9. My lovely wonderful support systems need care and nurture if they are to continue to support me. Just a thought.

10. God.  God gets a look in now and then. Just as well. Given every bit of this is to the glory of God.

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2 responses to “Winter to spring

  1. I think that there is wisdom in your reflection. Because, after all, you might be a singleton in your place, but there is a sharing ministry to be had, your talent spotting skills will need to be honed to a fine art.

    As an example, after a conversation with my Vicar this morning, she mentioned the word logistics, which features in my CV. In connection with a churches together service being held in the grounds of our parish this weekend. Her actual words were “you’re good at Logistics’ how would you.like to…….. hence my role coordinating the setup of tables, chairs, umbrellas etc and a music area in the grounds for 1030 am on Sunday morning. She also mentioned ‘you’re used to being in charge of things”……. (Ex Army Officer) so you’ll have no problem getting stuff done – but I’ll be around to back you up where needed.

    I suspect that a lot of things get done on this basis as it isn’t the first time we’ve had this sort of conversation. I’ll also be involved in the Ecumenical service with intercessions and also as part of the service giving witness on my personal journey of faith. Something I’m always happy to share and it seems that has also been noted and acted on.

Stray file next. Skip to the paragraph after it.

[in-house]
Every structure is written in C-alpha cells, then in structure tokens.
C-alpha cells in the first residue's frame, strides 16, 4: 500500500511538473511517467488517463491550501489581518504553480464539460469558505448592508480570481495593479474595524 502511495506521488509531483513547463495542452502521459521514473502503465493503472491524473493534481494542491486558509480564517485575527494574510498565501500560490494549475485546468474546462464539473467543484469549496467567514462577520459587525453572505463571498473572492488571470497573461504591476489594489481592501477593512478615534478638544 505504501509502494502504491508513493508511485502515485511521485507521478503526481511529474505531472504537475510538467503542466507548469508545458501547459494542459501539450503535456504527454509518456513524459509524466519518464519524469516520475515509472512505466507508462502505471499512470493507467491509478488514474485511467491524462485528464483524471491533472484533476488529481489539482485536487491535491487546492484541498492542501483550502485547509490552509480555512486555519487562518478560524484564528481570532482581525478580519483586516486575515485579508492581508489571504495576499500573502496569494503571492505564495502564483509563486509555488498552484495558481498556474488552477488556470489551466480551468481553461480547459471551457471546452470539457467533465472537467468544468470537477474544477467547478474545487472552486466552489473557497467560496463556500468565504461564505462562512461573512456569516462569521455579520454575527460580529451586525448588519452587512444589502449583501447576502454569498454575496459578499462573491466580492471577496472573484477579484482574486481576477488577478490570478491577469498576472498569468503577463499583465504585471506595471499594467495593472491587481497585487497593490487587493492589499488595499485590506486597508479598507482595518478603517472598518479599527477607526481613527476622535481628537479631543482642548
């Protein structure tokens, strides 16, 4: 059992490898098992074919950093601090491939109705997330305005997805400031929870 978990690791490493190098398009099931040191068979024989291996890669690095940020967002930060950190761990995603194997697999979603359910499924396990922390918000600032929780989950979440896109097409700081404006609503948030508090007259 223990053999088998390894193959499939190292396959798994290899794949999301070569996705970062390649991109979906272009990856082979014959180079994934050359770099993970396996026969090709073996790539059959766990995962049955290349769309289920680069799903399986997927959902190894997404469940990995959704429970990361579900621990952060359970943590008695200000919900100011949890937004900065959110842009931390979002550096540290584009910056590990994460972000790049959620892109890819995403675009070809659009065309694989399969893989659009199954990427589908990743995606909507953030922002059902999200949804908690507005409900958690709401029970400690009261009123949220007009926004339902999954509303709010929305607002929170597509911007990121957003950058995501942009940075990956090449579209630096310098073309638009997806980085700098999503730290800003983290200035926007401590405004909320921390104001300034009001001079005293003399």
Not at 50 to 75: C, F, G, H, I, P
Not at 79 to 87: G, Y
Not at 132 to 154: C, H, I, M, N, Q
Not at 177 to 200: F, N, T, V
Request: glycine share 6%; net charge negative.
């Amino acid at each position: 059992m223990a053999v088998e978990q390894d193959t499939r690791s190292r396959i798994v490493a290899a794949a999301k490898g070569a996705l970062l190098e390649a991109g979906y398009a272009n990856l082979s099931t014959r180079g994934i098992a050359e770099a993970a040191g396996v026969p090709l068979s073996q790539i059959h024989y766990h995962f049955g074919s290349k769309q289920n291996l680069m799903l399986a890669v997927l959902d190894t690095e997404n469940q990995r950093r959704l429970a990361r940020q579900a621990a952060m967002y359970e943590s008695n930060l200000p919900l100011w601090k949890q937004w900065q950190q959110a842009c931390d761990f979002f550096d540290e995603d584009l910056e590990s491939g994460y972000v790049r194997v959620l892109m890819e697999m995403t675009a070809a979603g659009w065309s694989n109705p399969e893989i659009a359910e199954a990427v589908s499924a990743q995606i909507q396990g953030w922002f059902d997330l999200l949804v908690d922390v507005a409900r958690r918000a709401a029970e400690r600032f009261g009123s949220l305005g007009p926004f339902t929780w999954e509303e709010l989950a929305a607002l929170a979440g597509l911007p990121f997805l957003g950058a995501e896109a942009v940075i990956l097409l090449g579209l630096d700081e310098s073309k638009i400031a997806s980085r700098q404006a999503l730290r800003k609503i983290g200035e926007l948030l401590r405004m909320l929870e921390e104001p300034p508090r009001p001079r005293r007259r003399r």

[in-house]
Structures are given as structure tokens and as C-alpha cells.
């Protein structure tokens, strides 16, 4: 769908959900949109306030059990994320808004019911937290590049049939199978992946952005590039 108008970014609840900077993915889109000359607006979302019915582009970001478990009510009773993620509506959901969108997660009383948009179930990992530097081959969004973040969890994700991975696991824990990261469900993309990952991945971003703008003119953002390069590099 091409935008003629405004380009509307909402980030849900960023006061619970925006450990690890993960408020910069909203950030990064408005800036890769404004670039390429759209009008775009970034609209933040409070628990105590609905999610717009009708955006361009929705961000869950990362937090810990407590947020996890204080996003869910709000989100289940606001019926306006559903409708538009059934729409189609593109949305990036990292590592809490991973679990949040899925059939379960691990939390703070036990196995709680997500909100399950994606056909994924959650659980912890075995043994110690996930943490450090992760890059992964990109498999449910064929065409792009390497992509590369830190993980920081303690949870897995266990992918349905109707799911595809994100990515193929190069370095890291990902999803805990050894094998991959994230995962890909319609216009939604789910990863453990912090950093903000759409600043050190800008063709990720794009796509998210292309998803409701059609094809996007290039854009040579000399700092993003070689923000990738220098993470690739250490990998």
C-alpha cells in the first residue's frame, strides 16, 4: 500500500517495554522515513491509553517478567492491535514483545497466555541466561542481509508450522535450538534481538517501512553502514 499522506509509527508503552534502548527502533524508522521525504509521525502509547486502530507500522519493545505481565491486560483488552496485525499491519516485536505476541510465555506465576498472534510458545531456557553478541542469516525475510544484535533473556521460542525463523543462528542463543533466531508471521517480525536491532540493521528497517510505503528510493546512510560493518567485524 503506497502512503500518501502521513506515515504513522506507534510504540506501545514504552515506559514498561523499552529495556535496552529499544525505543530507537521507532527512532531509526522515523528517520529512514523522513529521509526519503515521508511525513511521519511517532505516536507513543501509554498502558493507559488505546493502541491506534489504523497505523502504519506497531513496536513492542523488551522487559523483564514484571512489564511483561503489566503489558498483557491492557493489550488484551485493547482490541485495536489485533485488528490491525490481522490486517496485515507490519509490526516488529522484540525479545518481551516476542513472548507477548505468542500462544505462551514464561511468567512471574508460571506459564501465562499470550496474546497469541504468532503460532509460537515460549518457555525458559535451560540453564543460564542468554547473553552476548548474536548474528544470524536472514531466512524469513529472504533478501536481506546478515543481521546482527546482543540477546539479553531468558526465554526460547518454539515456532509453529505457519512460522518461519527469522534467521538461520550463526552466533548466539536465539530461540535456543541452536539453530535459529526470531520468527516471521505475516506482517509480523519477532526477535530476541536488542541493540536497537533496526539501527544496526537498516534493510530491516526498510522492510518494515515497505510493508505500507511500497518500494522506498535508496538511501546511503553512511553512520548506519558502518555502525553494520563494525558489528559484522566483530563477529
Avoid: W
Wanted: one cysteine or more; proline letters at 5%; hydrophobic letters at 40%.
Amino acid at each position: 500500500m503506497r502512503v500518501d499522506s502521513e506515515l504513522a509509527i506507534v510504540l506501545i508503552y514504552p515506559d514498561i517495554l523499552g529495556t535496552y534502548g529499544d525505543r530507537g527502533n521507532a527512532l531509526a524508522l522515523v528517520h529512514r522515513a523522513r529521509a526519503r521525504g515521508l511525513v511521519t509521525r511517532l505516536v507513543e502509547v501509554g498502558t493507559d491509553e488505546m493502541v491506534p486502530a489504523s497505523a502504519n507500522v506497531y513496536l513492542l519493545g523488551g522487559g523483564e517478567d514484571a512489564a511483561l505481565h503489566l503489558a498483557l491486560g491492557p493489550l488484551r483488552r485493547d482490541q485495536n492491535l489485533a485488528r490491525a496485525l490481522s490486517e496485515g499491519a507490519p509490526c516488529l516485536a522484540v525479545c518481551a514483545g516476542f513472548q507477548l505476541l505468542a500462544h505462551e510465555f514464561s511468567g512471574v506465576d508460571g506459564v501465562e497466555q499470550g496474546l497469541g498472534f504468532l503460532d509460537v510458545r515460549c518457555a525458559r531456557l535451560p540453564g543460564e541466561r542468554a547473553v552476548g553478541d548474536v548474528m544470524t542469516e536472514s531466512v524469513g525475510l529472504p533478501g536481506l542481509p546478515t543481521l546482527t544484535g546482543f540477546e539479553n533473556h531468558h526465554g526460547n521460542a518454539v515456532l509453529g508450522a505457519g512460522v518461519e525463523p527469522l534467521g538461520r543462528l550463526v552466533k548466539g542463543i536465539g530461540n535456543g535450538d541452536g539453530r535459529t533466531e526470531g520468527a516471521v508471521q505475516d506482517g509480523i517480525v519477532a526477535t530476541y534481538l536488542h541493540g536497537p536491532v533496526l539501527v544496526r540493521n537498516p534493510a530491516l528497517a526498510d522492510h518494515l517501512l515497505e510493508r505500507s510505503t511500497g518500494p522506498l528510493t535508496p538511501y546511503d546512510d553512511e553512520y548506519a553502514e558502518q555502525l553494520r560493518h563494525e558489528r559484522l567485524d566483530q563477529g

I’m sure that in your Village there are others who might well be encouraged in a similar fashion, but I appreciate that it takes time to get to know people. I’ve known Jane my Vicar for about 2.5 years since I started going to mid-week communion there, and than the offer that she made for me to continue the exploration of a vocation here. She is also a first-time incumbent albeit now having been in place for about three years. This September she gains a Curate and an Ordinand on Placement for 6 months. We also have a retired Priest, Barry, who lives in the parish and is associated with it formally via the diocesan system, which means that Jane always has his wisdom close to hand. I’m also aware that all of the Pastors in the five churches in our urban villages meet monthly for prayer and lunch to build and to strengthen relationships, which than leads to the sort of joint service we shared on Good Friday and now, next Sunday. Building relationships takes time, care and discretion. While were urban and more transient that a rural parish, a village atmosphere persists because many old families still live close together and we see two or three generations of them at services. Last Sunday we had over 120 at three services. BCP, CW HC and BCP Evensong.

    Our electoral roll numbers have decreased slightly, but our average attendance has increased? I can’t analyse the reasons behind this, but I believe that a mission outreach weekend late last year in cooperation with the diocese might have something to do with it. But people in the Church have picked up on the ‘invitation’ business and have been bringing new people in sporadically, but regularly.

    I’m now on the PCC and am learning more and more all of the time, becoming involved in building the Kingdom is great and feels right – this seems to be where God has planted me and where service is both possible and welcomed. No egos here to worry about. No posturing for position or authority, just an acceptance perhaps of the term which became a government mantra “we’re all in it together’ in it’s nicest way possible.

    I pray that your ministry is fruitful and that you continue to do what seems right, guided by the holy spirit and the wisdom that you are able to draw on and the wider support network that I’m sure that you enjoy via social media and in personal relationships in the wider church and community.

  2. Have to agree with a lot of things.

    One suggestion, to get the “2 weeks” break, (and or me most of hols), I start on a Monday and then finishing on a Sunday, and back to work the Monday after. Means I preach the Sunday before and then am off.